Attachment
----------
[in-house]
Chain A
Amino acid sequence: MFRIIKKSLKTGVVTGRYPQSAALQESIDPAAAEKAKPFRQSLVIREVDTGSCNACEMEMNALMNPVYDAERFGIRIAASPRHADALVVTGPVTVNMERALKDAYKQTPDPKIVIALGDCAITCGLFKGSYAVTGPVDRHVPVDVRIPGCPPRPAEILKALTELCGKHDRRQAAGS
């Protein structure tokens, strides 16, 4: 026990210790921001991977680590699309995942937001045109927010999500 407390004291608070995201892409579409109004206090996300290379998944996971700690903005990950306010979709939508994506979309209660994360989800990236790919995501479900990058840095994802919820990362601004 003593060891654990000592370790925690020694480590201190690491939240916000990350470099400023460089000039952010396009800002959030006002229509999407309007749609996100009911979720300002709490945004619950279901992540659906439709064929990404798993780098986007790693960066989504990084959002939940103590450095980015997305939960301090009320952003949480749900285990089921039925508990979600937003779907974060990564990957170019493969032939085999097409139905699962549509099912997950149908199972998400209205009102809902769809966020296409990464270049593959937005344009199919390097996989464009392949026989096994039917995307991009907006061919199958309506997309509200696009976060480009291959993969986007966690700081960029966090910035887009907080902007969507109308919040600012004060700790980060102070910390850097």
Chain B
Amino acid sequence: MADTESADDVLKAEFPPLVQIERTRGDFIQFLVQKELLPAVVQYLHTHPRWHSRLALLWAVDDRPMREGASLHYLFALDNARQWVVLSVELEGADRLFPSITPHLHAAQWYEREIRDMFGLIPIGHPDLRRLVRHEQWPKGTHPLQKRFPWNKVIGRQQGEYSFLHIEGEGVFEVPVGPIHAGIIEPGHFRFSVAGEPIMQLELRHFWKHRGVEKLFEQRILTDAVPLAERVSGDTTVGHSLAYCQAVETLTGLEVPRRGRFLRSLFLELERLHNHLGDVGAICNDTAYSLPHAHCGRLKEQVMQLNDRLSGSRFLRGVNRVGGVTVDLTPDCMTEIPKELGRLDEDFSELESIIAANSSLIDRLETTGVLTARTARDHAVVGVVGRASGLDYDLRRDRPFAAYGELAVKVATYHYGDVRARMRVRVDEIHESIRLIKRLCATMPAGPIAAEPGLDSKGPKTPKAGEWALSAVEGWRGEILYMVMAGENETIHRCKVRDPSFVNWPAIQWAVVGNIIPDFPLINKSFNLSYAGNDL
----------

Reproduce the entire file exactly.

[in-house]
Chain A
Amino acid sequence: MFRIIKKSLKTGVVTGRYPQSAALQESIDPAAAEKAKPFRQSLVIREVDTGSCNACEMEMNALMNPVYDAERFGIRIAASPRHADALVVTGPVTVNMERALKDAYKQTPDPKIVIALGDCAITCGLFKGSYAVTGPVDRHVPVDVRIPGCPPRPAEILKALTELCGKHDRRQAAGS
């Protein structure tokens, strides 16, 4: 026990210790921001991977680590699309995942937001045109927010999500 407390004291608070995201892409579409109004206090996300290379998944996971700690903005990950306010979709939508994506979309209660994360989800990236790919995501479900990058840095994802919820990362601004 003593060891654990000592370790925690020694480590201190690491939240916000990350470099400023460089000039952010396009800002959030006002229509999407309007749609996100009911979720300002709490945004619950279901992540659906439709064929990404798993780098986007790693960066989504990084959002939940103590450095980015997305939960301090009320952003949480749900285990089921039925508990979600937003779907974060990564990957170019493969032939085999097409139905699962549509099912997950149908199972998400209205009102809902769809966020296409990464270049593959937005344009199919390097996989464009392949026989096994039917995307991009907006061919199958309506997309509200696009976060480009291959993969986007966690700081960029966090910035887009907080902007969507109308919040600012004060700790980060102070910390850097």
Chain B
Amino acid sequence: MADTESADDVLKAEFPPLVQIERTRGDFIQFLVQKELLPAVVQYLHTHPRWHSRLALLWAVDDRPMREGASLHYLFALDNARQWVVLSVELEGADRLFPSITPHLHAAQWYEREIRDMFGLIPIGHPDLRRLVRHEQWPKGTHPLQKRFPWNKVIGRQQGEYSFLHIEGEGVFEVPVGPIHAGIIEPGHFRFSVAGEPIMQLELRHFWKHRGVEKLFEQRILTDAVPLAERVSGDTTVGHSLAYCQAVETLTGLEVPRRGRFLRSLFLELERLHNHLGDVGAICNDTAYSLPHAHCGRLKEQVMQLNDRLSGSRFLRGVNRVGGVTVDLTPDCMTEIPKELGRLDEDFSELESIIAANSSLIDRLETTGVLTARTARDHAVVGVVGRASGLDYDLRRDRPFAAYGELAVKVATYHYGDVRARMRVRVDEIHESIRLIKRLCATMPAGPIAAEPGLDSKGPKTPKAGEWALSAVEGWRGEILYMVMAGENETIHRCKVRDPSFVNWPAIQWAVVGNIIPDFPLINKSFNLSYAGNDL